Star Trek's success is extraordinary, which is all the more puzzling why it has been treated so badly recently. In 2004 the sixth Star Trek TV series, Enterprise finished after four seasons due to disappointing ratings and a "mixed" critical reception. This was two years after the tenth Star Trek movie, Nemesis (2002), had proved to be a critical and commercial failure. The feeling was that the audience had become over-saturated with Star Trek; since 1987 no less than 25 seasons of Star Trek had aired on television, accompanied by six movies. "Franchise fatigue" was blamed by executive producer Rick Berman for the declining interest in Trek. However, others suggested other reasons: the rise of "grittier" and more adult SF franchises like Firefly (2002) and the rebooted Battlestar Galactica (2003-09) made Star Trek look increasingly tired and quaint. The new BSG's critical success was particularly notable since it was produced and written by ex-Star Trek writers unhappy with the direction of the franchise post-Deep Space Nine. At the same time, the StarGate franchise - spanning three TV series airing between 1997 and 2011 - had won a loyal fanbase for its greater use of self-aware humour and serialisation.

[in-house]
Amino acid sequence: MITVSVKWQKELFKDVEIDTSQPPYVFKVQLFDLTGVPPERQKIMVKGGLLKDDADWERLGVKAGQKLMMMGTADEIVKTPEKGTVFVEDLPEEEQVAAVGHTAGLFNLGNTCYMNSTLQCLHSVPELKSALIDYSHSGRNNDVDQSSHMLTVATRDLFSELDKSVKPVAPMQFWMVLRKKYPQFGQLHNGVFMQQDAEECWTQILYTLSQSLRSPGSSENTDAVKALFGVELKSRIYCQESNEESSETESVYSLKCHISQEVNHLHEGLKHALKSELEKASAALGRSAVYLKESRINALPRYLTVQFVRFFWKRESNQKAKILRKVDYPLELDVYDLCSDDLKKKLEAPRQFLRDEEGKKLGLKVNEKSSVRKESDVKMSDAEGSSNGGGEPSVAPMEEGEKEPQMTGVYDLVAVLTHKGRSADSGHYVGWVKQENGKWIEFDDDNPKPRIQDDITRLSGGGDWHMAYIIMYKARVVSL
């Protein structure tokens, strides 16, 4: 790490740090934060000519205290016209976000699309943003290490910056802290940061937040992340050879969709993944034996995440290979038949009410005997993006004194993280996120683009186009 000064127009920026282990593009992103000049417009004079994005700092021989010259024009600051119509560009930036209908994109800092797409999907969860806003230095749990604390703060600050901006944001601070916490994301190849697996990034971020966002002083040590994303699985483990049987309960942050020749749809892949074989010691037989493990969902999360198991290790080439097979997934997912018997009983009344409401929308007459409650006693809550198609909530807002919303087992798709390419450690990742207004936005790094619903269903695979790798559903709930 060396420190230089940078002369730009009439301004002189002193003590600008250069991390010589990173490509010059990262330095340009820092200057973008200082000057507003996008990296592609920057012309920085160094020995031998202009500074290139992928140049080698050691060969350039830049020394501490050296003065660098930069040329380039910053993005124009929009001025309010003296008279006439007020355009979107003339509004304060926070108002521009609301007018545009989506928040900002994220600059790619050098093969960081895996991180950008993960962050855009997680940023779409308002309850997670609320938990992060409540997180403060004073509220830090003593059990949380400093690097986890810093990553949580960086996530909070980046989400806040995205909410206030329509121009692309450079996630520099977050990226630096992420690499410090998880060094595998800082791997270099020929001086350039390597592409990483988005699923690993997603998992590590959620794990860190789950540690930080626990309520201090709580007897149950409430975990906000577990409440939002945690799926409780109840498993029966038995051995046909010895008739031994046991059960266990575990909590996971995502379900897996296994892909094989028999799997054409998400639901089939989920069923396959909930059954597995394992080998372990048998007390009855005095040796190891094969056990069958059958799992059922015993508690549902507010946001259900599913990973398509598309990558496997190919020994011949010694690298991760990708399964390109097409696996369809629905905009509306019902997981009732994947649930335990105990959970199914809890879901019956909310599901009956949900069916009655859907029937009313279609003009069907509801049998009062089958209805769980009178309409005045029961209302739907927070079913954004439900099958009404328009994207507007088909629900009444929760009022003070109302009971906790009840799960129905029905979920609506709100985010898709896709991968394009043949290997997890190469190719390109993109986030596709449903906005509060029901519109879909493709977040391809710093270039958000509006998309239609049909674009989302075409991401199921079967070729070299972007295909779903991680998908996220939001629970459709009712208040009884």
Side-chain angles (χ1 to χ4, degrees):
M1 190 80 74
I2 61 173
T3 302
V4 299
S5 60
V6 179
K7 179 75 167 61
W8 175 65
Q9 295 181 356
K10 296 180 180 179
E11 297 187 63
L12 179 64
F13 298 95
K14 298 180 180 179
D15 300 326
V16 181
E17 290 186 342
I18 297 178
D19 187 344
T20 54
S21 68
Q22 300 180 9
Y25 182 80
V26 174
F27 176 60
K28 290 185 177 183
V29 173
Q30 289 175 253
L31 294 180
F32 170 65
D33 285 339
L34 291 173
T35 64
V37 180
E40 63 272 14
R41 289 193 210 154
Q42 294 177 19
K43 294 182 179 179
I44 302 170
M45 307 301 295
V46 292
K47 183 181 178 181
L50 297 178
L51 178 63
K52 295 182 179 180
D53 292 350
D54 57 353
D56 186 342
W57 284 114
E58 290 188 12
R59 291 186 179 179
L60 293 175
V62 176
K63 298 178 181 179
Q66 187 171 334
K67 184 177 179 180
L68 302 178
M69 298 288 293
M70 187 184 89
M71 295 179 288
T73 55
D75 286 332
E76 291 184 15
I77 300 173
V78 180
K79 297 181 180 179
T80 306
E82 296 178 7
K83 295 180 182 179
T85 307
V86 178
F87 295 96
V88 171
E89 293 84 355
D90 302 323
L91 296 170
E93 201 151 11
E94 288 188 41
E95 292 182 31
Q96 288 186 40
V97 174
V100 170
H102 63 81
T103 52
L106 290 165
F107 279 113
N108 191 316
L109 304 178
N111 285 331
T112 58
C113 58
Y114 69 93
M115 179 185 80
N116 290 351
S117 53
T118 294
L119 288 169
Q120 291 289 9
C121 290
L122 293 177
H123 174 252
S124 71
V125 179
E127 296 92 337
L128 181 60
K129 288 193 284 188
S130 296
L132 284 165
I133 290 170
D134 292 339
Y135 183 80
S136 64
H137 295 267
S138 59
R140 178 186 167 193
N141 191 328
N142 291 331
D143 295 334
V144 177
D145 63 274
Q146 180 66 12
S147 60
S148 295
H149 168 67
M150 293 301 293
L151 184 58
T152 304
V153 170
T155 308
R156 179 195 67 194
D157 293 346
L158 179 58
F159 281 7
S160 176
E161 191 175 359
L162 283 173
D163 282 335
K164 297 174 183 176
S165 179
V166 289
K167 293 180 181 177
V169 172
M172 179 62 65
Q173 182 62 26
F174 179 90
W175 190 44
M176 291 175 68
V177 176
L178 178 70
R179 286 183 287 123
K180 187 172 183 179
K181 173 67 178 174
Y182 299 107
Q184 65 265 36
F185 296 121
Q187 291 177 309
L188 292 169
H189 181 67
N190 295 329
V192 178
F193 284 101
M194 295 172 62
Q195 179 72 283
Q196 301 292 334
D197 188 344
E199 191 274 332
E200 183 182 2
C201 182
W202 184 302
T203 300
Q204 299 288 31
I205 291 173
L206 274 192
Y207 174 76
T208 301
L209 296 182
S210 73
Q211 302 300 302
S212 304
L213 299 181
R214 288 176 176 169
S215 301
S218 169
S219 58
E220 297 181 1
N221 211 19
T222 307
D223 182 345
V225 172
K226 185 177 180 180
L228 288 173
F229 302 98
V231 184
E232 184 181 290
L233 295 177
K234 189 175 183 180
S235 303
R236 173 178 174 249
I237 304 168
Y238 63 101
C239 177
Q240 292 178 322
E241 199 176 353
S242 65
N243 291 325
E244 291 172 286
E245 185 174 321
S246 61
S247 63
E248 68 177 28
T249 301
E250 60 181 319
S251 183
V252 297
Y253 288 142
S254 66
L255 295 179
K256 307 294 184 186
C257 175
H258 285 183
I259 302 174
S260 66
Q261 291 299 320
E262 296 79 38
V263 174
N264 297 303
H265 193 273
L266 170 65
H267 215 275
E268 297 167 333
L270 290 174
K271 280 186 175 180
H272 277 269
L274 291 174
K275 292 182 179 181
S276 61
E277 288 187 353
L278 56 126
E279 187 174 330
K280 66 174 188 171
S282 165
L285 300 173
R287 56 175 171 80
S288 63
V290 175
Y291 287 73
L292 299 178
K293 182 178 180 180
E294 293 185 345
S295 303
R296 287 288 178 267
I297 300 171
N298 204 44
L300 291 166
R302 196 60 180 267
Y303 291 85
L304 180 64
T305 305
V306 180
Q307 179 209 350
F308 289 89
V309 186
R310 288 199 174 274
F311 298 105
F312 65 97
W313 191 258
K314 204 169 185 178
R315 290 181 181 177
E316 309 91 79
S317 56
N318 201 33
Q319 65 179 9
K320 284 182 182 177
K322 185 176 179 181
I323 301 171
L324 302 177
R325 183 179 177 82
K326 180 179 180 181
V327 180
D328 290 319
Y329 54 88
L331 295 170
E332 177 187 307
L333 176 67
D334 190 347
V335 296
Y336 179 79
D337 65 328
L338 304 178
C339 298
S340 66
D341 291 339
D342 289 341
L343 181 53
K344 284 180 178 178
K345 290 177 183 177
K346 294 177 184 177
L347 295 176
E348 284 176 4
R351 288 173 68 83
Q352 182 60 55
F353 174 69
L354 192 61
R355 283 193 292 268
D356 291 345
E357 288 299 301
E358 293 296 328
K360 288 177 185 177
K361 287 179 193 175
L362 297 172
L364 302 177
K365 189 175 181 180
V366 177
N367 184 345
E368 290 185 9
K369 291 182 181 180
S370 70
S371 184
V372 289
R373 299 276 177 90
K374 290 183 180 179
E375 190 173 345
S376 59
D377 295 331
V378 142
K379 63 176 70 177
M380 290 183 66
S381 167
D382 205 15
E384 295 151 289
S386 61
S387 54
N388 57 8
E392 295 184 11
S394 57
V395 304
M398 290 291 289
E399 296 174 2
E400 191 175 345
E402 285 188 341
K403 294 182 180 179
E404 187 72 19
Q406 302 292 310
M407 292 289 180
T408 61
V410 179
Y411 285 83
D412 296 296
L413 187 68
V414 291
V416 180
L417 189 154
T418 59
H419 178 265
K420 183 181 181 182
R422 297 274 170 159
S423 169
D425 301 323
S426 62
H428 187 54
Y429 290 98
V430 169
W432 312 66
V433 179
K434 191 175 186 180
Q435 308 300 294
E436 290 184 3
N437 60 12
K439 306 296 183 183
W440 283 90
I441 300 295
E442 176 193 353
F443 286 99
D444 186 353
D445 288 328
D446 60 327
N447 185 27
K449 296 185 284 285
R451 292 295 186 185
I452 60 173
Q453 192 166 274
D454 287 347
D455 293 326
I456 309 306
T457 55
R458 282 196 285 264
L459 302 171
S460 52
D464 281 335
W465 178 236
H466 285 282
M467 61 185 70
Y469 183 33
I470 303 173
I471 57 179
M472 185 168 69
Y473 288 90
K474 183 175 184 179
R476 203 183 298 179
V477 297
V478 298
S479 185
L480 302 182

Whatever the reason, "resting" Star Trek for a few years was generally regarded as a good move, allowing fresh creative voices to come on board and for the franchise to eventually be relaunched. This happened in 2009, when director J.J. Abrams helmed a reboot of the series by creating a parallel timeline with new actors playing younger versions of the classic crew of Kirk, Spock, Dr. McCoy and so on. The new film, simply called Star Trek, was a reasonable box office success ($385 million worldwide) and was critically warmly received. Its sequel, Into Darkness (2013), was an even bigger worldwide box office success ($467 million) but revenues were down in the American market on its predecessor and the film faced a much rougher ride from critics. These factors led to a budget cut for the third movie, Beyond, due for release this year.